Getty Images

U.S. fencing wraps up its most successful world champs ever

Leave a comment

The U.S. fencing team had its best world championships ever, earning six medals with two golds in Wuxi, China.

The Americans won the women’s team events in épée and foil for the first time. Courtney Hurley (épée) and Eliza Stone (sabre) added bronze medals. World sabre No. 1 Eli Dershwitz took silver, while the men’s foil team added silver on the final day Friday.

The total surpassed the previous U.S. record of five medals at 2015 Worlds.

The Americans performed well in Wuxi despite getting no individual medals from its Rio Olympic medalists and past world champions.

Mariel Zagunis, the most decorated fencer in U.S. history with four combined individual Olympic and world titles, competed only in the team sabre event, where the U.S. was fifth.

The 33-year-old is working her way back from October childbirth and was ranked fifth nationally when the four individual roster spots for worlds were chosen. A fifth fencer is eligible for the team event.

Olympic silver medalists Daryl Homer (sabre) and Alex Massialas (foil) lost in the round of 16 and round of 64, respectively.

Ibtihaj Muhammad, who in Rio became the first American to compete in an Olympics in a hijab, has not competed at the top international level since the 2017 World Championships. She just published an autobiography.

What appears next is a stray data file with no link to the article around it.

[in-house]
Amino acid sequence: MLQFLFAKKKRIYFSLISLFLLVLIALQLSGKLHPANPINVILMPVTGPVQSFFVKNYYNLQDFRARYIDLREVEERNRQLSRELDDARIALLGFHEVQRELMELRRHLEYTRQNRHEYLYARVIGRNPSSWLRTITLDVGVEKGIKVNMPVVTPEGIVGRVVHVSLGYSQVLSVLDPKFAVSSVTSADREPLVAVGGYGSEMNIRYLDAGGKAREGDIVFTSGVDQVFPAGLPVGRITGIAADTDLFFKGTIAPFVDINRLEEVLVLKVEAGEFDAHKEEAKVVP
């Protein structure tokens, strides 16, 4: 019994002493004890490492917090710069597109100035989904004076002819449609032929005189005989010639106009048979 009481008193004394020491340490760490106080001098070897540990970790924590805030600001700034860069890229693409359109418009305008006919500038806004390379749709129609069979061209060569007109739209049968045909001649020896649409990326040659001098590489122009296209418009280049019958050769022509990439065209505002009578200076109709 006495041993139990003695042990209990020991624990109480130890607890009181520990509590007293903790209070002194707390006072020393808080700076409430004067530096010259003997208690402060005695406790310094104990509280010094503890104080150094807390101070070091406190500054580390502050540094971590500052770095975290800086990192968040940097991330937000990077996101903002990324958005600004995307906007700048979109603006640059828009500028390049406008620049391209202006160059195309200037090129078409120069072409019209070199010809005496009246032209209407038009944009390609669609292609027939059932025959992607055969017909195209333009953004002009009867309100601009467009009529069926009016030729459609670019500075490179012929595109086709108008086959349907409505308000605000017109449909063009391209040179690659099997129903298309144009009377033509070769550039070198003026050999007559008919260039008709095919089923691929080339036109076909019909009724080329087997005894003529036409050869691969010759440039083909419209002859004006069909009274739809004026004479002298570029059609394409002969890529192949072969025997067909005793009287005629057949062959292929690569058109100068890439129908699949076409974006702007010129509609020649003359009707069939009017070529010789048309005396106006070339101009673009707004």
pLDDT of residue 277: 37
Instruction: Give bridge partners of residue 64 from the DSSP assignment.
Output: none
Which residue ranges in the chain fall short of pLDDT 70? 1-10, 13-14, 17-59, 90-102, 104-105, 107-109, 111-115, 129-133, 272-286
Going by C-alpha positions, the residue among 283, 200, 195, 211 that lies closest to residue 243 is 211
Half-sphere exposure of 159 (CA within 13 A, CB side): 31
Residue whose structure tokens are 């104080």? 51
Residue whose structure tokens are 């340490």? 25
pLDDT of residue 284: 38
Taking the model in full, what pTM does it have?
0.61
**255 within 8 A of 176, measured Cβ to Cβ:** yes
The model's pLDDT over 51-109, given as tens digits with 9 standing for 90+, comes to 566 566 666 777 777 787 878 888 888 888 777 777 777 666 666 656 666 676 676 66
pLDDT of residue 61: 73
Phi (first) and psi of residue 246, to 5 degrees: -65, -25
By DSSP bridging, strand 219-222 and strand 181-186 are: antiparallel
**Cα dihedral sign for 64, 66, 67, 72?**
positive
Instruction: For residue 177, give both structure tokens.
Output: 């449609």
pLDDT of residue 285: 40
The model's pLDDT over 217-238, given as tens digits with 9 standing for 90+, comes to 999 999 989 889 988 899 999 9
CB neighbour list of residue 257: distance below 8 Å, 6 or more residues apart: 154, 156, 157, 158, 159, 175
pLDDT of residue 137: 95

Dershwitz’s rise is worth noting. He debuted at the Olympics in Rio as a rising Harvard sophomore and lost in the first round.

In 2015, Dershwitz became the first U.S. man to earn a world junior sabre title, but he had never made it past the round of 32 at senior worlds until this year. Dershwitz’s first World Cup wins in November and February combined with his silver medal this week vaulted him to No. 1 in the world rankings.

Hurley, who lost opening bouts at the 2012 and 2016 Olympics, earned her first individual medal at her 10th world championships appearance. She also became the first U.S. épée fencer to earn a world medal.

Stone’s bronze was also a surprise. She is the fourth-ranked U.S. woman in sabre and had never made it past the round of 16 in three previous world appearances. Stone narrowly missed the Rio Olympic team but is now ranked 12th in the world.

OlympicTalk is on Apple News. Favorite us!

MORE: 20 U.S. athletes to watch for Tokyo 2020 Olympics

J’den Cox repeats as world wrestling champion; Kyle Snyder stunned

Leave a comment

If he wasn’t crowned already, it’s clear U.S. wrestling has a new king.

On a day when Rio Olympic champion Kyle Snyder was upset and London Olympic champ Jordan Burroughs rallied for another bronze medal, J’den Cox repeated as world champion in Kazakhstan.

Cox, the Rio Olympic 86kg bronze medalist, completed a perfect run through the 92kg division — not giving up a point in four matches — by dominating Iranian Alireza Karimi 4-0 in the final. He became the second U.S. man to win an Olympic or world title without surrendering a point in more than 30 years (joining Kyle Dake from last year).

“I don’t know why, but it feels like a ton better [than 2018],” said Cox, whose tattoos include one that reads in Latin, “If I cannot move heaven, I will raise hell.” “I made more sacrifices … I wanted to do it better.”

Earlier Saturday, Snyder was shocked by Azerbaijan’s Sharif Sharifov 5-2 in the 97kg semifinals, denying a third straight world final between Snyder and Russian Tank Abdulrashid Sadulayev. Sharifov, the 2012 Olympic 84kg champ, clinched his first world medal in eight years.